3.2 There are a number of systematic reviews published which show that there is a significant difference in the proportion of trials published with pharma involvement that show a positive finding compared to those trials published with no pharma involvement. This has been taken to be evidence that pharma must be avoiding publishing studies. However there is little distinction made between early and late phase trials in these discussions and it is possible that more phase 3 trials are positive if there is a better decision making process made at phase 2. However if those early phase trials are not published then this still distorts the picture of what products are successful when we come to have an overview of the evidence in a systematic review.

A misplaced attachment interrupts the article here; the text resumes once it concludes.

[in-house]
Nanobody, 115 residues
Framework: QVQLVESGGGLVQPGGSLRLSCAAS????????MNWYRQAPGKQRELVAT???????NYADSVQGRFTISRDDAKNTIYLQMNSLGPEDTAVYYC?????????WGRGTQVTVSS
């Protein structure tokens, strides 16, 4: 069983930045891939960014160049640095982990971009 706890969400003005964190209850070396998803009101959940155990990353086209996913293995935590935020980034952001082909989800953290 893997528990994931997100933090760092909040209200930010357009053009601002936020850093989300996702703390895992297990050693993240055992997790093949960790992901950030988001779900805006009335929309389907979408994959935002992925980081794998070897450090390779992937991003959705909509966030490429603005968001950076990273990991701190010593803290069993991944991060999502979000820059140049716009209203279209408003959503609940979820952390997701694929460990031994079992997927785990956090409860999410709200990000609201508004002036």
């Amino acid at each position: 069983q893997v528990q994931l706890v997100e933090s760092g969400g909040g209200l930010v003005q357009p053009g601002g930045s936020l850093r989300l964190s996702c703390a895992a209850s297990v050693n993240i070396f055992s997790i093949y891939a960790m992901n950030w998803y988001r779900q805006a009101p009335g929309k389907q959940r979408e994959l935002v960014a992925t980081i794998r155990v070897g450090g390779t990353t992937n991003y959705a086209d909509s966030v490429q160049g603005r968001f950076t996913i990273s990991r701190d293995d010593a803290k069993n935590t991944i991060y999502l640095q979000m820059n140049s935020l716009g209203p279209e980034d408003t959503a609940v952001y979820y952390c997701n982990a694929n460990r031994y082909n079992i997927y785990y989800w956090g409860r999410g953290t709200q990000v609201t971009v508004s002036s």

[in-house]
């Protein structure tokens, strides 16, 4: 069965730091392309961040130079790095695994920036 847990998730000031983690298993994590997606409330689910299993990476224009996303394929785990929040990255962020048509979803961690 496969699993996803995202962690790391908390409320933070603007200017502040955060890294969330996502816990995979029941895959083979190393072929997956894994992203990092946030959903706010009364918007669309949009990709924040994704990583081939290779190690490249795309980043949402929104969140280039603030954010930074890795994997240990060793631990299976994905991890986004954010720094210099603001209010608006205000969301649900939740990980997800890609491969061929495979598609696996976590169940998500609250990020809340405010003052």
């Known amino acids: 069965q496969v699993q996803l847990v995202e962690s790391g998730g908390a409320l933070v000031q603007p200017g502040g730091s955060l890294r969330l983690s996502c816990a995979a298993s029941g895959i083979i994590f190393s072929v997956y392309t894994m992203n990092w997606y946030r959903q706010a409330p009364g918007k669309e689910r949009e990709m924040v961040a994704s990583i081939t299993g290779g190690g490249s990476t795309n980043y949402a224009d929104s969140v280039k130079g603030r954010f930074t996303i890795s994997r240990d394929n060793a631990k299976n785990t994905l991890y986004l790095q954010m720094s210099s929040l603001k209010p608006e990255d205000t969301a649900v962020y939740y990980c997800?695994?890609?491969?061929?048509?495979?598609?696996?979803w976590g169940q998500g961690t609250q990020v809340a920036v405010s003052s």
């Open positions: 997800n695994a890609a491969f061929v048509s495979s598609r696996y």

4. How could the occurrence and results of clinical trials be made more open to scrutiny? Who should be responsible?

4.1 Publication bias in all its guises is a big issue. The more benign kind, nevertheless devastating to the corpus of published research, is where “statistically significant” findings are preferred for publication. The more blatant kind is an organisation prohibiting publication of research that disfavours its product. The present research governance system should be helping a little but changes in the publication system so far haven’t really addressed this issue at all.